Wednesday, February 15, 2017

Italy | Venice | We Crociferi

I had intended to stay in Venice only three days, but once I was there I thought, what the heck, I am here, why rush off? I soon discovered, however, that the guesthouse where I was staying was all booked up and I could not keep my room any longer. Actually, after three days I was already tired of the place. It was located on an extremely quiet five-foot wide passageway, but this passageway opened out onto a busy shopping street lined with very upscale brand-name stores and white-tablecloth restaurants. There were no grocery stores or bakeries in the area and even the stand-at-the-counter coffee shops seemed expensive compared to other neighborhoods. While searching for new accommodations I noticed a place called We Crociferi in the Cannaregio district of Venice. The photo showed a huge white building in front on a long, narrow square. I realized I had walked by this building many times without realizing what it was. Apparently the building was an old monastery which had been refurbished and turned into a hotel. Sounded interesting, so I checked into this place.
We Crociferi on the right side of the square. Left of center is the entrance to the Church of the Gesuiti (Jesuits). (My photo; click on photos for enlargements.)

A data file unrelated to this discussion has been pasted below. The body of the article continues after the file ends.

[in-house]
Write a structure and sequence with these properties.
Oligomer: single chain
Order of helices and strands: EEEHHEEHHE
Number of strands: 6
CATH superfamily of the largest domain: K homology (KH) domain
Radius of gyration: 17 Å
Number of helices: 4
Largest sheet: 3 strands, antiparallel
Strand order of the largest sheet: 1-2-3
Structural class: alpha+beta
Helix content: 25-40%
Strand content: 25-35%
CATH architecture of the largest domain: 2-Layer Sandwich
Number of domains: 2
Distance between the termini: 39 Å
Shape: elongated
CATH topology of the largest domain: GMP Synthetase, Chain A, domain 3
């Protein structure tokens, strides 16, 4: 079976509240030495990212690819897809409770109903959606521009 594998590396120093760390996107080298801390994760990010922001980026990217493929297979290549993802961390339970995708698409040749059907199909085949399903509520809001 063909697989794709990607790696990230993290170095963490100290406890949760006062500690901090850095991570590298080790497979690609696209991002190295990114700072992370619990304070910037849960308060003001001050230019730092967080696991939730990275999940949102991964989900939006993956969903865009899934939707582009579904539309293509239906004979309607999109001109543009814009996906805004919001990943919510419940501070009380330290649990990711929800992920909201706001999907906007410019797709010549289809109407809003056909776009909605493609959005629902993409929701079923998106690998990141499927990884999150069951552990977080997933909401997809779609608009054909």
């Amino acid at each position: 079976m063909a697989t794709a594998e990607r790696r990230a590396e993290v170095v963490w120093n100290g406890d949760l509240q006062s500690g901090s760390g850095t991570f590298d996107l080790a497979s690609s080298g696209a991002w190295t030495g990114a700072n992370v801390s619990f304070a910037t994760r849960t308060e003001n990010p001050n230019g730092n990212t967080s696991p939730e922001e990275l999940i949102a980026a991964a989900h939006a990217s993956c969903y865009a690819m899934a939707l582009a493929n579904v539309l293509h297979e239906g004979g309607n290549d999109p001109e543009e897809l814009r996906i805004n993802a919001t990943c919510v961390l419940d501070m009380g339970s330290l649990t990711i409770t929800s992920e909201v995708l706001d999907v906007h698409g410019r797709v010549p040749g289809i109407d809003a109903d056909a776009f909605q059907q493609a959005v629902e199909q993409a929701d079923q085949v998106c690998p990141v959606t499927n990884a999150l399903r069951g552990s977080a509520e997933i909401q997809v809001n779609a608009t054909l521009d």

Church of the Gesuiti
Courtyard of the We Crociferi
Another view of the courtyard of the We Crociferi
Stairwells in the hotel; definitely a minimalist vibe
 Cafe in the hotel—more minimalism
The rooms were austere, but had great work desks and lights. Actually the rooms were originally designed as student digs.
The hotel was located just a few hundred feet from the Fondamente Nuove, a broad waterfront walkway along the northern lagoon.  The water-buses for the airport, the outlying islands, and other districts of the city all stop along the Fondamente Nove. Despite the hubbub on Fondamente Nuove the neighborhood is residential and surprising quiet. Just down the street from the square was a small grocery, obviously catering to locals, that had a good selection of cold cuts (a dozen or so different kinds of ham, salami, etc., a dozen or more kinds of cheese, and various fixings, plus fresh bread and rolls). A bit further on was a fruit and vegetable market with tangerines for one Euro a kilo and, thank goodness, pomegranates (I guess one could live without pomegranates but who would want to?).

A couple of more doors down was an even better find—a bulk wine store. The wine comes from huge glass jugs behind the counter. You bring your own bottle (used plastic water bottles are fine) or buy a plastic bottle for €.40 (42 cents US). The proprietor then siphons the wine into your bottle. A liter (1.05 quart) of Cabernet Franc costs €2.40 ($2.54); a liter of Pinot Noir €2.10. This, keep in mind, is in a city where a small glass of wine in even a scuzzy cantina costs four or five Euros, and you may have to stand to drink it; if you want to sit down it might cost six or seven Euros, and possibly even more in ritzier joints. And where even a lousy mug of watery beer costs three or four Euros, and that’s assuming you want to knock elbows with and get your shins kicked in by Low-Life Beer Drinkers. So the bulk wine is an incredible bargain in this notoriously expensive city. While I was there numerous neighborhood housewives were lining up for their daily liter. Wine is not a luxury for these people; it is a staple like bread or cornmeal. In the Venice of old even galley slaves got a daily ration of wine. Assured of provisions I settled into the We Crociferi.